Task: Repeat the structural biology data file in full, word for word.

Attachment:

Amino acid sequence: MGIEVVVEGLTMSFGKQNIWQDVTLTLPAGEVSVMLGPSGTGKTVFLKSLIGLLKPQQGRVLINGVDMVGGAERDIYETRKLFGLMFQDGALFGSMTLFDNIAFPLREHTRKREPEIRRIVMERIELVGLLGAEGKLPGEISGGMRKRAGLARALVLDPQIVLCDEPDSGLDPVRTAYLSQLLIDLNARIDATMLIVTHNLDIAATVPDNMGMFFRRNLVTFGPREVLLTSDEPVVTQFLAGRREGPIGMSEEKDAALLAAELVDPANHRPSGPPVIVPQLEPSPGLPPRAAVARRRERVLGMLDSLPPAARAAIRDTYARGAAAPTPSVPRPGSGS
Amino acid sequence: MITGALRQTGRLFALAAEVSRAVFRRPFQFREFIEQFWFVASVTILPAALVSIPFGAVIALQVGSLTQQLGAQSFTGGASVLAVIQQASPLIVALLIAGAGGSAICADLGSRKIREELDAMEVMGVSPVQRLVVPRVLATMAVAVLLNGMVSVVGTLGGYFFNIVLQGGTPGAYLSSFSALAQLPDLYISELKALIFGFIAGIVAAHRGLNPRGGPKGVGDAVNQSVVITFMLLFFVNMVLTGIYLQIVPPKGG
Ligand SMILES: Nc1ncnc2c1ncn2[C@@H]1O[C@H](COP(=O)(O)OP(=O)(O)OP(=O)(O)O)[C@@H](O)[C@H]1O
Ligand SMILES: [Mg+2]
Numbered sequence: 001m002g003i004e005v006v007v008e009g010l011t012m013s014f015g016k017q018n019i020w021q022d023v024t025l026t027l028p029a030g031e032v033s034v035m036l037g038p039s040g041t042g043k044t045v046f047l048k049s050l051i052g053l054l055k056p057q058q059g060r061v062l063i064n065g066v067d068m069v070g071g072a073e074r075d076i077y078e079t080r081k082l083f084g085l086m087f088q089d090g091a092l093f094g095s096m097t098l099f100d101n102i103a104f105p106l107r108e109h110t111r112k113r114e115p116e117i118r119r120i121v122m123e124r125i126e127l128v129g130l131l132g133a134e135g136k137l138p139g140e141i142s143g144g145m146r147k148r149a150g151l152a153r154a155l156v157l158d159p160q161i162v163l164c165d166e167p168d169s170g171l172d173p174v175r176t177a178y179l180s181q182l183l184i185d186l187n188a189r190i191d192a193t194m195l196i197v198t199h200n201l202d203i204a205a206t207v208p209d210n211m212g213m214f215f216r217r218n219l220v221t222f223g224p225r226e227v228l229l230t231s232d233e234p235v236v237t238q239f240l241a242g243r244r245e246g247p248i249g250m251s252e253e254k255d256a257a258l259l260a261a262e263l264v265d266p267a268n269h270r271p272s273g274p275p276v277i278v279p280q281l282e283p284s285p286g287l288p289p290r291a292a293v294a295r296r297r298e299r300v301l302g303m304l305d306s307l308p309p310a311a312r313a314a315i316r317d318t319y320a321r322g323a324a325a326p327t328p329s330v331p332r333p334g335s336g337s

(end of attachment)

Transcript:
Amino acid sequence: MGIEVVVEGLTMSFGKQNIWQDVTLTLPAGEVSVMLGPSGTGKTVFLKSLIGLLKPQQGRVLINGVDMVGGAERDIYETRKLFGLMFQDGALFGSMTLFDNIAFPLREHTRKREPEIRRIVMERIELVGLLGAEGKLPGEISGGMRKRAGLARALVLDPQIVLCDEPDSGLDPVRTAYLSQLLIDLNARIDATMLIVTHNLDIAATVPDNMGMFFRRNLVTFGPREVLLTSDEPVVTQFLAGRREGPIGMSEEKDAALLAAELVDPANHRPSGPPVIVPQLEPSPGLPPRAAVARRRERVLGMLDSLPPAARAAIRDTYARGAAAPTPSVPRPGSGS
Amino acid sequence: MITGALRQTGRLFALAAEVSRAVFRRPFQFREFIEQFWFVASVTILPAALVSIPFGAVIALQVGSLTQQLGAQSFTGGASVLAVIQQASPLIVALLIAGAGGSAICADLGSRKIREELDAMEVMGVSPVQRLVVPRVLATMAVAVLLNGMVSVVGTLGGYFFNIVLQGGTPGAYLSSFSALAQLPDLYISELKALIFGFIAGIVAAHRGLNPRGGPKGVGDAVNQSVVITFMLLFFVNMVLTGIYLQIVPPKGG
Ligand SMILES: Nc1ncnc2c1ncn2[C@@H]1O[C@H](COP(=O)(O)OP(=O)(O)OP(=O)(O)O)[C@@H](O)[C@H]1O
Ligand SMILES: [Mg+2]
Numbered sequence: 001m002g003i004e005v006v007v008e009g010l011t012m013s014f015g016k017q018n019i020w021q022d023v024t025l026t027l028p029a030g031e032v033s034v035m036l037g038p039s040g041t042g043k044t045v046f047l048k049s050l051i052g053l054l055k056p057q058q059g060r061v062l063i064n065g066v067d068m069v070g071g072a073e074r075d076i077y078e079t080r081k082l083f084g085l086m087f088q089d090g091a092l093f094g095s096m097t098l099f100d101n102i103a104f105p106l107r108e109h110t111r112k113r114e115p116e117i118r119r120i121v122m123e124r125i126e127l128v129g130l131l132g133a134e135g136k137l138p139g140e141i142s143g144g145m146r147k148r149a150g151l152a153r154a155l156v157l158d159p160q161i162v163l164c165d166e167p168d169s170g171l172d173p174v175r176t177a178y179l180s181q182l183l184i185d186l187n188a189r190i191d192a193t194m195l196i197v198t199h200n201l202d203i204a205a206t207v208p209d210n211m212g213m214f215f216r217r218n219l220v221t222f223g224p225r226e227v228l229l230t231s232d233e234p235v236v237t238q239f240l241a242g243r244r245e246g247p248i249g250m251s252e253e254k255d256a257a258l259l260a261a262e263l264v265d266p267a268n269h270r271p272s273g274p275p276v277i278v279p280q281l282e283p284s285p286g287l288p289p290r291a292a293v294a295r296r297r298e299r300v301l302g303m304l305d306s307l308p309p310a311a312r313a314a315i316r317d318t319y320a321r322g323a324a325a326p327t328p329s330v331p332r333p334g335s336g337s